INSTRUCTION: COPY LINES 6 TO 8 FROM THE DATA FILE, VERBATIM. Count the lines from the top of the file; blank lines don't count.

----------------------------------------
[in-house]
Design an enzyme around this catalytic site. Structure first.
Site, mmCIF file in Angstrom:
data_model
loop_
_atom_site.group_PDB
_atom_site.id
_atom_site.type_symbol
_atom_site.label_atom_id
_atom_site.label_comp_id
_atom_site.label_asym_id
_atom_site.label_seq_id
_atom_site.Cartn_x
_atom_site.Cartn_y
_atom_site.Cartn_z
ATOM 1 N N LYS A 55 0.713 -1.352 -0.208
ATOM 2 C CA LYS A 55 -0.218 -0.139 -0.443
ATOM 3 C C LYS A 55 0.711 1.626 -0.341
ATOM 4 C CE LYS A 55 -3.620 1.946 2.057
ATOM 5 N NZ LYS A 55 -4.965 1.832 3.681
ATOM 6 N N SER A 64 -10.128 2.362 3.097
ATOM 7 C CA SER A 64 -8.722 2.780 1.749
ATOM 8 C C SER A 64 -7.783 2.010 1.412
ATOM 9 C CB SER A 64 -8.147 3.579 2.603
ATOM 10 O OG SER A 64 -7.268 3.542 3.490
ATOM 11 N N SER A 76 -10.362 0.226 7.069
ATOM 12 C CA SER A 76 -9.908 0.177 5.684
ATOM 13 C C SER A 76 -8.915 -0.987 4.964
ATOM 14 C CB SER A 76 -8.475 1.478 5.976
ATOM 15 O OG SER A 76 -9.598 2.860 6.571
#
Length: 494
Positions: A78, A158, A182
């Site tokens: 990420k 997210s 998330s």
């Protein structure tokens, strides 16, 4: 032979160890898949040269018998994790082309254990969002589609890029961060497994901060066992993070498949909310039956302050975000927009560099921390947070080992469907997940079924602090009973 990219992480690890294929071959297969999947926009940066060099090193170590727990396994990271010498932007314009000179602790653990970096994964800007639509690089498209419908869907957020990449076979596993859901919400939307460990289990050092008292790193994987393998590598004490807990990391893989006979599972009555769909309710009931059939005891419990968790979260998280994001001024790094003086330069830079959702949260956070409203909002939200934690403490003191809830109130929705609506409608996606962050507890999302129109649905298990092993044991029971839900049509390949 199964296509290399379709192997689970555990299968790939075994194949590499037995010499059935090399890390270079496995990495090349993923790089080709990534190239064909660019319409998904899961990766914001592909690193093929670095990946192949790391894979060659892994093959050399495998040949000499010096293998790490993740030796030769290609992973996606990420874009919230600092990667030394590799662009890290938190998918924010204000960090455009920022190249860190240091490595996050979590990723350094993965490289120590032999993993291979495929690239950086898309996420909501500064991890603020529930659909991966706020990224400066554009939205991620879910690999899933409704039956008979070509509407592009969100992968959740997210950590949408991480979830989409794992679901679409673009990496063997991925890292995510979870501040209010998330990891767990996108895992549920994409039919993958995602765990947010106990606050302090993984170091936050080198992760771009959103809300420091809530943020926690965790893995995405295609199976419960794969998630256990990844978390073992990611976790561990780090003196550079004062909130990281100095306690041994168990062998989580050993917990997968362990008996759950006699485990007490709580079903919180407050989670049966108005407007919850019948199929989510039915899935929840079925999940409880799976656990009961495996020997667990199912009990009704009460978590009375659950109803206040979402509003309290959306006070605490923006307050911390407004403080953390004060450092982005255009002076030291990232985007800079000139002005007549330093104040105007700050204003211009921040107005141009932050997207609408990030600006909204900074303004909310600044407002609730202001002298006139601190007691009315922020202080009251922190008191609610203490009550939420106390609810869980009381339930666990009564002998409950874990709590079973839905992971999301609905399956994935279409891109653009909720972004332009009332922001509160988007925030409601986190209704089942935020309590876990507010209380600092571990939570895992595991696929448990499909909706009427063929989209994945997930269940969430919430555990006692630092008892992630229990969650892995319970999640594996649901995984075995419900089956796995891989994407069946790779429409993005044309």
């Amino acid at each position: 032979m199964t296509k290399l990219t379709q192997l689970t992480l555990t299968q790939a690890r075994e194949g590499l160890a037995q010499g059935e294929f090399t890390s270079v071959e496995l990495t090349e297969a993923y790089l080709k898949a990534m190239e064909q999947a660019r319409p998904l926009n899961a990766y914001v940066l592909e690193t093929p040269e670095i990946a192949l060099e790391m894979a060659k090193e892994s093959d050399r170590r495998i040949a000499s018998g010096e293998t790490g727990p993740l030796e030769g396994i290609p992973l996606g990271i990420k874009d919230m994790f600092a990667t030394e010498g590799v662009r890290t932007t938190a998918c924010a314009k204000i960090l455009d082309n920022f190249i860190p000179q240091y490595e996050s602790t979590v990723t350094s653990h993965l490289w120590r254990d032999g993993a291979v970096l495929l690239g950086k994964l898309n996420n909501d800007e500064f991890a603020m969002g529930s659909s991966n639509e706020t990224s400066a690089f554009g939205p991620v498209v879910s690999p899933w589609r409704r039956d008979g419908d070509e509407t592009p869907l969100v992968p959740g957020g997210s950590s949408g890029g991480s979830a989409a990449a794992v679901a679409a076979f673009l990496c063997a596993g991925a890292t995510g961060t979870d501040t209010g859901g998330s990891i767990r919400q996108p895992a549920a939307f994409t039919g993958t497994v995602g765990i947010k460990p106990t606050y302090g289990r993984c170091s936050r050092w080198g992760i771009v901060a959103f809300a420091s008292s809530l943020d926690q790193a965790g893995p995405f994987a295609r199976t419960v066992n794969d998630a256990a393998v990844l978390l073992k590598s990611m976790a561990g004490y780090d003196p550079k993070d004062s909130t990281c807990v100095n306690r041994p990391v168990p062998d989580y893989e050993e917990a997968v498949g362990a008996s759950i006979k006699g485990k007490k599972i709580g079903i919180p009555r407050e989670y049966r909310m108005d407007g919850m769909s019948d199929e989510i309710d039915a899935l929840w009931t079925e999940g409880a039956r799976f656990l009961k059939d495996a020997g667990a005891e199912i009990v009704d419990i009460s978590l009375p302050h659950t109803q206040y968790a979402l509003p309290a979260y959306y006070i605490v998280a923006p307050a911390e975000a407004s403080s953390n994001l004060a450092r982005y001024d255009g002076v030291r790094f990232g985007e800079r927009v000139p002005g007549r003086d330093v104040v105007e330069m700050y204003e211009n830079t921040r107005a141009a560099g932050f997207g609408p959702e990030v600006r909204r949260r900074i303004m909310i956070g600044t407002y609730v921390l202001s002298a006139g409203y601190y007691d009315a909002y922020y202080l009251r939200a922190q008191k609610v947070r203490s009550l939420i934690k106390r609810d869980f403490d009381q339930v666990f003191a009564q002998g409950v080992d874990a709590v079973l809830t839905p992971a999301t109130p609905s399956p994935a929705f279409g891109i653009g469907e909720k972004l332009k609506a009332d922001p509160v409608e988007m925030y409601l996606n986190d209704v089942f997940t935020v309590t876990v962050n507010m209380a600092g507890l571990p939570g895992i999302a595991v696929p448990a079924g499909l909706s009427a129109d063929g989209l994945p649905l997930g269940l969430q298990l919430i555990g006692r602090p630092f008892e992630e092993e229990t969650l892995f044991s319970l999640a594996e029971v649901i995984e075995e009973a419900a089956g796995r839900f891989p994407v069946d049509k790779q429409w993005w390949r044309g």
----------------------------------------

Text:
_atom_site.group_PDB
_atom_site.id
_atom_site.type_symbol